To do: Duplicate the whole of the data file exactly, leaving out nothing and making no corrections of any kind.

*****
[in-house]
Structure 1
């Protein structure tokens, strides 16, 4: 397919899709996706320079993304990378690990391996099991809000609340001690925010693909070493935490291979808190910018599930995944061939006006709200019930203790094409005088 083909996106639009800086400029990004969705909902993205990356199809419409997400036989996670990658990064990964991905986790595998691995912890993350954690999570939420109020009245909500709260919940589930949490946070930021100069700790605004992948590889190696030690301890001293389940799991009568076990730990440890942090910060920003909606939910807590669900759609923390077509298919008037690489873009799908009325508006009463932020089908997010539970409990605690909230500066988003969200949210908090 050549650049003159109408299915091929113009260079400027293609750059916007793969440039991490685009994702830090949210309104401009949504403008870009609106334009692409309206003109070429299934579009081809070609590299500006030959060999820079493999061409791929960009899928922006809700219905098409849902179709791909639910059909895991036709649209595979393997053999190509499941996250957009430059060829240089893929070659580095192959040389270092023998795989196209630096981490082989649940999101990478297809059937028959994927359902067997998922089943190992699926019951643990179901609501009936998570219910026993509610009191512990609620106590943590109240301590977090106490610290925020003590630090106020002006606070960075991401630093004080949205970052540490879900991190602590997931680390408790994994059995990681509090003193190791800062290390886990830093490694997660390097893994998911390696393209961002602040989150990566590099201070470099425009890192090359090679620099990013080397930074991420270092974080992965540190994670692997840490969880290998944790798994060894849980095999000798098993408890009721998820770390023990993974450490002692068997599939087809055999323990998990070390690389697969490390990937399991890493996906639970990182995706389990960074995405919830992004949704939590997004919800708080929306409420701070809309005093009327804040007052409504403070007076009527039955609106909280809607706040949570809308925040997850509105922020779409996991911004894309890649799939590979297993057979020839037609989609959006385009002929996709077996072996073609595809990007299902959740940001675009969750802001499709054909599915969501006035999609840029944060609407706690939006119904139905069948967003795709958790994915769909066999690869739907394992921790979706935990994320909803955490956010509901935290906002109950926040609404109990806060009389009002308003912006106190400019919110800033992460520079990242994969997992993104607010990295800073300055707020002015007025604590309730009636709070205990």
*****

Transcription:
[in-house]
Structure 1
């Protein structure tokens, strides 16, 4: 397919899709996706320079993304990378690990391996099991809000609340001690925010693909070493935490291979808190910018599930995944061939006006709200019930203790094409005088 083909996106639009800086400029990004969705909902993205990356199809419409997400036989996670990658990064990964991905986790595998691995912890993350954690999570939420109020009245909500709260919940589930949490946070930021100069700790605004992948590889190696030690301890001293389940799991009568076990730990440890942090910060920003909606939910807590669900759609923390077509298919008037690489873009799908009325508006009463932020089908997010539970409990605690909230500066988003969200949210908090 050549650049003159109408299915091929113009260079400027293609750059916007793969440039991490685009994702830090949210309104401009949504403008870009609106334009692409309206003109070429299934579009081809070609590299500006030959060999820079493999061409791929960009899928922006809700219905098409849902179709791909639910059909895991036709649209595979393997053999190509499941996250957009430059060829240089893929070659580095192959040389270092023998795989196209630096981490082989649940999101990478297809059937028959994927359902067997998922089943190992699926019951643990179901609501009936998570219910026993509610009191512990609620106590943590109240301590977090106490610290925020003590630090106020002006606070960075991401630093004080949205970052540490879900991190602590997931680390408790994994059995990681509090003193190791800062290390886990830093490694997660390097893994998911390696393209961002602040989150990566590099201070470099425009890192090359090679620099990013080397930074991420270092974080992965540190994670692997840490969880290998944790798994060894849980095999000798098993408890009721998820770390023990993974450490002692068997599939087809055999323990998990070390690389697969490390990937399991890493996906639970990182995706389990960074995405919830992004949704939590997004919800708080929306409420701070809309005093009327804040007052409504403070007076009527039955609106909280809607706040949570809308925040997850509105922020779409996991911004894309890649799939590979297993057979020839037609989609959006385009002929996709077996072996073609595809990007299902959740940001675009969750802001499709054909599915969501006035999609840029944060609407706690939006119904139905069948967003795709958790994915769909066999690869739907394992921790979706935990994320909803955490956010509901935290906002109950926040609404109990806060009389009002308003912006106190400019919110800033992460520079990242994969997992993104607010990295800073300055707020002015007025604590309730009636709070205990």